FEDERAL politicians lack the courage and leadership to push through legislation raising the legal drinking age to 21 years, say alcohol and health law experts.
Professor Roger Magnusson, professor of health law and governance at the University of Sydney said he was “deeply sceptical” about the courage of federal politicians on this matter.
“I [doubt] whether the federal government is going to assume leadership on this issue — or for that matter any issue relating to preventive health”, Professor Magnusson told MJA InSight.
He was commenting on a Perspective article published today by the MJA, which suggested a four-step strategy to successfully advocate for the introduction of laws in Australia to increase the drinking age to 21 years: seek the support of public health, law enforcement and citizen organisations; focus on evidence of the potential neurological damage in young people; brief politicians appropriately and regularly; and conduct sustained advocacy across all tiers and jurisdictions. (1)
Professor John Toumbourou, chair in health psychology at Deakin University in Geelong, and coauthors wrote that evidence from the US, Canada, New Zealand and Australia suggested an that increase in the legal age to purchase alcohol would reduce youth use and harm.
“The approach taken in the US in 1984 could be adopted, in which the US Government required that states pass some form of age-21 legislation before receiving highway funding”, the authors wrote.
Other, “less challenging” options suggested by the authors included: restricting the purchasing age to 19 or 20 years, which would lock our secondary school-age population (as in Canada); restricting the types and amounts of alcohol young people could buy (as in Norway and Sweden); restricting the secondary supply of alcohol to minors (as in the Northern Territory, NSW, Queensland, Tasmania and Victoria); and restricting drinking in specific contexts, such as public spaces.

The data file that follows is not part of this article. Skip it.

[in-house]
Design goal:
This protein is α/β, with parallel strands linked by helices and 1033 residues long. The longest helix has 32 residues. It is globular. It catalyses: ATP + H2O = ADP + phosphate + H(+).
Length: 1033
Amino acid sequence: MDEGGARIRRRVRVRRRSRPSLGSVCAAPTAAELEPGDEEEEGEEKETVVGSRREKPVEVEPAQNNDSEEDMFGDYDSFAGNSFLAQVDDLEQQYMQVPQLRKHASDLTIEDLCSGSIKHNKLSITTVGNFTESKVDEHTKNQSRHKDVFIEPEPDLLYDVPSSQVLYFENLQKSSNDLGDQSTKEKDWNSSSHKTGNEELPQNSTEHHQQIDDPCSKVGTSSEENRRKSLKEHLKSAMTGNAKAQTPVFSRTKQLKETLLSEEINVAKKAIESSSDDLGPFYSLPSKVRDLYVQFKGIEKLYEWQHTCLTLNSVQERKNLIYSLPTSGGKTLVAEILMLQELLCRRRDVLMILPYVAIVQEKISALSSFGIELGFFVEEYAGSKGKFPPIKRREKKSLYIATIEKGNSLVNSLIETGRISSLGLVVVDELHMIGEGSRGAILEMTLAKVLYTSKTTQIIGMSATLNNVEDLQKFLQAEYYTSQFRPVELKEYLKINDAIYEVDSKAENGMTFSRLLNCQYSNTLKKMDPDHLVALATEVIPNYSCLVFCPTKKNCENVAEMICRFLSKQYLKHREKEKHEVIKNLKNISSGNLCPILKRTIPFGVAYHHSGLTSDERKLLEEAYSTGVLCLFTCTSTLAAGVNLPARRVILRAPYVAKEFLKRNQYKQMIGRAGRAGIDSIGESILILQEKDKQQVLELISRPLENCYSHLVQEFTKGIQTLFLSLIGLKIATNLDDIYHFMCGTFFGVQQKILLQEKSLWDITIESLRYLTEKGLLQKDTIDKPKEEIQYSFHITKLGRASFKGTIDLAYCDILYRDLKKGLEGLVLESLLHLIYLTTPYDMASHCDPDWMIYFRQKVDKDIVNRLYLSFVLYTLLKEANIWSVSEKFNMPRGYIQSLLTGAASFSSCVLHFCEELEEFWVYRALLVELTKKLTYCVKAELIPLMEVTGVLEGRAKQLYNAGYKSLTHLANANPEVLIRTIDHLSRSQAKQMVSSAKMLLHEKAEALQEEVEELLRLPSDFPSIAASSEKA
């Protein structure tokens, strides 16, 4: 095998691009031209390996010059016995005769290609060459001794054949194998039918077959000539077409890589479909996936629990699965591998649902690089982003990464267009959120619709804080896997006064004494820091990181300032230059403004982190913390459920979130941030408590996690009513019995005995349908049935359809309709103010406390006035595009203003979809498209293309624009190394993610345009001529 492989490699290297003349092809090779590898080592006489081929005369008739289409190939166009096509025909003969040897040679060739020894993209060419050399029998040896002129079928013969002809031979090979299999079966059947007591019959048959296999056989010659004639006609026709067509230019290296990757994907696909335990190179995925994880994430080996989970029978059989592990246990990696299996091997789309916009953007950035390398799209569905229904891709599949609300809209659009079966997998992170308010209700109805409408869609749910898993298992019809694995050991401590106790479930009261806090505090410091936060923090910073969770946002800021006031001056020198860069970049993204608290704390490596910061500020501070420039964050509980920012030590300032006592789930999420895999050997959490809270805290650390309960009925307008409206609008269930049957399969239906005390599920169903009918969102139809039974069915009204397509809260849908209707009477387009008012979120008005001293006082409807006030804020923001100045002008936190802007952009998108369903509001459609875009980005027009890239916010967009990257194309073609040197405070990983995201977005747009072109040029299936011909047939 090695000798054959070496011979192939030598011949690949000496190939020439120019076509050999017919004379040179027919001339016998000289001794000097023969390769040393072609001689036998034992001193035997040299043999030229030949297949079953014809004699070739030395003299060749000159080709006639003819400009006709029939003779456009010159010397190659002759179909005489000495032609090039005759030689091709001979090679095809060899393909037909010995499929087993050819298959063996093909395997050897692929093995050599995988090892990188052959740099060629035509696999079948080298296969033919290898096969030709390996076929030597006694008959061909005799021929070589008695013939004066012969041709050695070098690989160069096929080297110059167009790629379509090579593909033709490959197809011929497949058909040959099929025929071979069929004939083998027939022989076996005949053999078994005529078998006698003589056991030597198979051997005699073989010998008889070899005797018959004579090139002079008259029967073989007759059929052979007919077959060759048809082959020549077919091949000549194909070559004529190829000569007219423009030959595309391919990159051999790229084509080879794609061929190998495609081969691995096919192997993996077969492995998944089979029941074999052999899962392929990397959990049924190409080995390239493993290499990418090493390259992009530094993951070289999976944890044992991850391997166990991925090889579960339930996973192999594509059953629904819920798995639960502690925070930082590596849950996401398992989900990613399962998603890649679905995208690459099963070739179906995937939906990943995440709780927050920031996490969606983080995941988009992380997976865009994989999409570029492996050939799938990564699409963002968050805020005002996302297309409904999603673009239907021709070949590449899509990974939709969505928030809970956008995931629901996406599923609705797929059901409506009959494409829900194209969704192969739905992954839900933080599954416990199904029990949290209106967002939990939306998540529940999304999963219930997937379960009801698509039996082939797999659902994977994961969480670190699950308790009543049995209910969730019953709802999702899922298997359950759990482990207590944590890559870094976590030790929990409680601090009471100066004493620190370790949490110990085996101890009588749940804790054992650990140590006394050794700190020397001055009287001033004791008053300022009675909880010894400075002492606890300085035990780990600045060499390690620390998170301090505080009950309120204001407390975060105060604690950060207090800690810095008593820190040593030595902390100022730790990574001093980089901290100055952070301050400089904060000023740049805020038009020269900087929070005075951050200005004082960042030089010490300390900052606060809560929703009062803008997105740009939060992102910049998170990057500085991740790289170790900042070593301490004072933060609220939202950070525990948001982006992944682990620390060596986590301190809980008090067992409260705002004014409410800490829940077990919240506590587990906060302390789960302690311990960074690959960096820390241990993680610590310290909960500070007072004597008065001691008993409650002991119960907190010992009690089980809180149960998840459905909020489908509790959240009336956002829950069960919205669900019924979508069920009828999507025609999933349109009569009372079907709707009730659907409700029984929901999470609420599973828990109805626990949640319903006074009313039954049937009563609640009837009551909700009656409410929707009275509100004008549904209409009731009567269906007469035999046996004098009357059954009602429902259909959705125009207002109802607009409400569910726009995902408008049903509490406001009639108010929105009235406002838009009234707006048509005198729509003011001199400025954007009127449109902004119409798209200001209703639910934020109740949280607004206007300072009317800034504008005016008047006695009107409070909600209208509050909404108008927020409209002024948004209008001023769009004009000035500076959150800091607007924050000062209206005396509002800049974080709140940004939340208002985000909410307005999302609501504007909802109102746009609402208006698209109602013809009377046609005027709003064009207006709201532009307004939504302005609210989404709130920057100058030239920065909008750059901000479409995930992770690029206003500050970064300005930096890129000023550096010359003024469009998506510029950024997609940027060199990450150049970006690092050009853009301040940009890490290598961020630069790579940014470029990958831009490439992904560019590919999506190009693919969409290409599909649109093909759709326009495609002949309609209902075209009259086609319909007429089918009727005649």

Professor Magnusson told MJA InSight that if the federal government “can’t get its head around the eminently sensible, consciousness-raising step of requiring liquor bottles to bear a label warning pregnant women that drinking could injure their unborn child”, which had been recommended by two major inquiries as mitigation to prevent fetal alcohol syndrome, “it is unlikely to be any help with this proposal”.
Former Liberal parliamentarian Dr Mal Washer, who did not stand for re-election lat year, told MJA InSight lifting the drinking age to 21 years would “make a hell of a difference”.
“If we can get the drinking age back up to 21 we will save a lot of lives and misery and stop a lot of physical and psychological damage in the process”, said Dr Washer, who is also a former chair of the Alcohol and Other Drugs Council of Australia.
“To achieve that politically is difficult because there are not too many politicians around with the courage to do it.”
He said a bloc of voters aged 18–21 years made such a decision “bloody difficult”.
Dr Washer said it was also important to continue other measures such as restricting alcohol advertising and restricting the hours available for purchasing alcohol, as had happened in NSW with the introduction of new legislation on lockouts, restrictions on liquor trading times, and a statewide 10 pm closing time for the sale of takeaway liquor. (2)
“[Lifting the drinking age] has to be legislated federally and then the states must be persuaded to agree so there’s uniformity across the country”, Dr Washer said.
“It’s probably unlikely that it’s going to happen but from a health point of view it would make a hell of a difference.”
Wyatt Roy, the country’s youngest federal parliamentarian at age 23 years, said lifting the drinking age to 21 years was akin to “prohibition”.
“It’s one thing for the drinking age to be at 21 if it’s never been lower than that, and a whole other thing to take away something from a group of people”, Mr Roy told MJA InSight.
“We have a binge-drinking culture and I support initiatives working to change that culture, like ‘Hello Sunday Morning’. (3)
“In Germany for example, you can drink beer from [age] 16 and then spirits from 18 and that helps create a better drinking culture that is much more responsible.”
Jessica Dean, president of the Australian Medical Students’ Association (AMSA) said the association was not in favour of “punitive” measures that effectively locked 18–21-year-olds out of the debate. AMSA has just released its Alcohol misuse and harms policy. (4)
Ms Dean told MJA InSight raising the drinking age was disempowering. “We favour utilising education and proactive cultural shifts.”